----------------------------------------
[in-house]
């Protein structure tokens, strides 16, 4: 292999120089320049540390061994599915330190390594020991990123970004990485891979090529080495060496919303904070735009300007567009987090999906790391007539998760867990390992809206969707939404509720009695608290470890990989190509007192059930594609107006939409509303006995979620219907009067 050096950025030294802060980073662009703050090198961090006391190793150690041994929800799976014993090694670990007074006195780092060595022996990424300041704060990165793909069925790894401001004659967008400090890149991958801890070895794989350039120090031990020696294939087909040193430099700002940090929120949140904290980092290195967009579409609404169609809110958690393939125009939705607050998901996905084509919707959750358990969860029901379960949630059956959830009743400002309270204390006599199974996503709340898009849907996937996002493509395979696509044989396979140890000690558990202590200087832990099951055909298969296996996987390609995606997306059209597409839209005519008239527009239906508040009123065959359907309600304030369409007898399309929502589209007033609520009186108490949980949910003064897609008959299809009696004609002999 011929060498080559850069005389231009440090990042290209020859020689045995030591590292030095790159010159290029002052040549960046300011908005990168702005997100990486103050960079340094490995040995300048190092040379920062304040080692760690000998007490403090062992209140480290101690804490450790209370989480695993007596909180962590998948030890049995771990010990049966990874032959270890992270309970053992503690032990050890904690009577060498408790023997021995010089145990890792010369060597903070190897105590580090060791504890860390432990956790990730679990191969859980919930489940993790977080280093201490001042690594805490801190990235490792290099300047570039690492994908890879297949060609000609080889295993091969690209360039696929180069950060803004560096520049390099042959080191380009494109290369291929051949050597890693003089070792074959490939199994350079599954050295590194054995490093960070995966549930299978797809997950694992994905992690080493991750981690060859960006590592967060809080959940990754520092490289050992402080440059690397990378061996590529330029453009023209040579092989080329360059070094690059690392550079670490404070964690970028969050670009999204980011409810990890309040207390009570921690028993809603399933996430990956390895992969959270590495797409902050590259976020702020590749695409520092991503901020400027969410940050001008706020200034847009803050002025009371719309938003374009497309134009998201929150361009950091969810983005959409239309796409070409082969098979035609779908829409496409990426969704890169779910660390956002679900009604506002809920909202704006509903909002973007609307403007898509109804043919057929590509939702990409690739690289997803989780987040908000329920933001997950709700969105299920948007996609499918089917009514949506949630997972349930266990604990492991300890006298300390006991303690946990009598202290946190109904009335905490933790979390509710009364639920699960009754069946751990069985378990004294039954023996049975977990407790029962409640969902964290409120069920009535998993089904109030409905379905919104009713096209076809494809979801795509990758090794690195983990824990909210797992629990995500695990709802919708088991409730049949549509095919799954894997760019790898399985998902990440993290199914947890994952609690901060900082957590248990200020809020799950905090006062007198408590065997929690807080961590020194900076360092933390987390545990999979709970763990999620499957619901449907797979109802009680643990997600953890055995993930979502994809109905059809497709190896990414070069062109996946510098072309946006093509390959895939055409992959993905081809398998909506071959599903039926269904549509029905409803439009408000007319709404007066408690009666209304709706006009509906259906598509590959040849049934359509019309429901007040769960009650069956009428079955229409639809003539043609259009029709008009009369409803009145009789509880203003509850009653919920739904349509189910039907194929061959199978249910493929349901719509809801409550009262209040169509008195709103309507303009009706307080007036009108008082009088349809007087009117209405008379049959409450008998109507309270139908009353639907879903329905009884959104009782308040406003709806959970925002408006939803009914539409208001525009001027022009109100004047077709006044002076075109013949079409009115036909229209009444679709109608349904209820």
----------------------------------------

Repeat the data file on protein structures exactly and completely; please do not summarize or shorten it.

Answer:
[in-house]
């Protein structure tokens, strides 16, 4: 292999120089320049540390061994599915330190390594020991990123970004990485891979090529080495060496919303904070735009300007567009987090999906790391007539998760867990390992809206969707939404509720009695608290470890990989190509007192059930594609107006939409509303006995979620219907009067 050096950025030294802060980073662009703050090198961090006391190793150690041994929800799976014993090694670990007074006195780092060595022996990424300041704060990165793909069925790894401001004659967008400090890149991958801890070895794989350039120090031990020696294939087909040193430099700002940090929120949140904290980092290195967009579409609404169609809110958690393939125009939705607050998901996905084509919707959750358990969860029901379960949630059956959830009743400002309270204390006599199974996503709340898009849907996937996002493509395979696509044989396979140890000690558990202590200087832990099951055909298969296996996987390609995606997306059209597409839209005519008239527009239906508040009123065959359907309600304030369409007898399309929502589209007033609520009186108490949980949910003064897609008959299809009696004609002999 011929060498080559850069005389231009440090990042290209020859020689045995030591590292030095790159010159290029002052040549960046300011908005990168702005997100990486103050960079340094490995040995300048190092040379920062304040080692760690000998007490403090062992209140480290101690804490450790209370989480695993007596909180962590998948030890049995771990010990049966990874032959270890992270309970053992503690032990050890904690009577060498408790023997021995010089145990890792010369060597903070190897105590580090060791504890860390432990956790990730679990191969859980919930489940993790977080280093201490001042690594805490801190990235490792290099300047570039690492994908890879297949060609000609080889295993091969690209360039696929180069950060803004560096520049390099042959080191380009494109290369291929051949050597890693003089070792074959490939199994350079599954050295590194054995490093960070995966549930299978797809997950694992994905992690080493991750981690060859960006590592967060809080959940990754520092490289050992402080440059690397990378061996590529330029453009023209040579092989080329360059070094690059690392550079670490404070964690970028969050670009999204980011409810990890309040207390009570921690028993809603399933996430990956390895992969959270590495797409902050590259976020702020590749695409520092991503901020400027969410940050001008706020200034847009803050002025009371719309938003374009497309134009998201929150361009950091969810983005959409239309796409070409082969098979035609779908829409496409990426969704890169779910660390956002679900009604506002809920909202704006509903909002973007609307403007898509109804043919057929590509939702990409690739690289997803989780987040908000329920933001997950709700969105299920948007996609499918089917009514949506949630997972349930266990604990492991300890006298300390006991303690946990009598202290946190109904009335905490933790979390509710009364639920699960009754069946751990069985378990004294039954023996049975977990407790029962409640969902964290409120069920009535998993089904109030409905379905919104009713096209076809494809979801795509990758090794690195983990824990909210797992629990995500695990709802919708088991409730049949549509095919799954894997760019790898399985998902990440993290199914947890994952609690901060900082957590248990200020809020799950905090006062007198408590065997929690807080961590020194900076360092933390987390545990999979709970763990999620499957619901449907797979109802009680643990997600953890055995993930979502994809109905059809497709190896990414070069062109996946510098072309946006093509390959895939055409992959993905081809398998909506071959599903039926269904549509029905409803439009408000007319709404007066408690009666209304709706006009509906259906598509590959040849049934359509019309429901007040769960009650069956009428079955229409639809003539043609259009029709008009009369409803009145009789509880203003509850009653919920739904349509189910039907194929061959199978249910493929349901719509809801409550009262209040169509008195709103309507303009009706307080007036009108008082009088349809007087009117209405008379049959409450008998109507309270139908009353639907879903329905009884959104009782308040406003709806959970925002408006939803009914539409208001525009001027022009109100004047077709006044002076075109013949079409009115036909229209009444679709109608349904209820």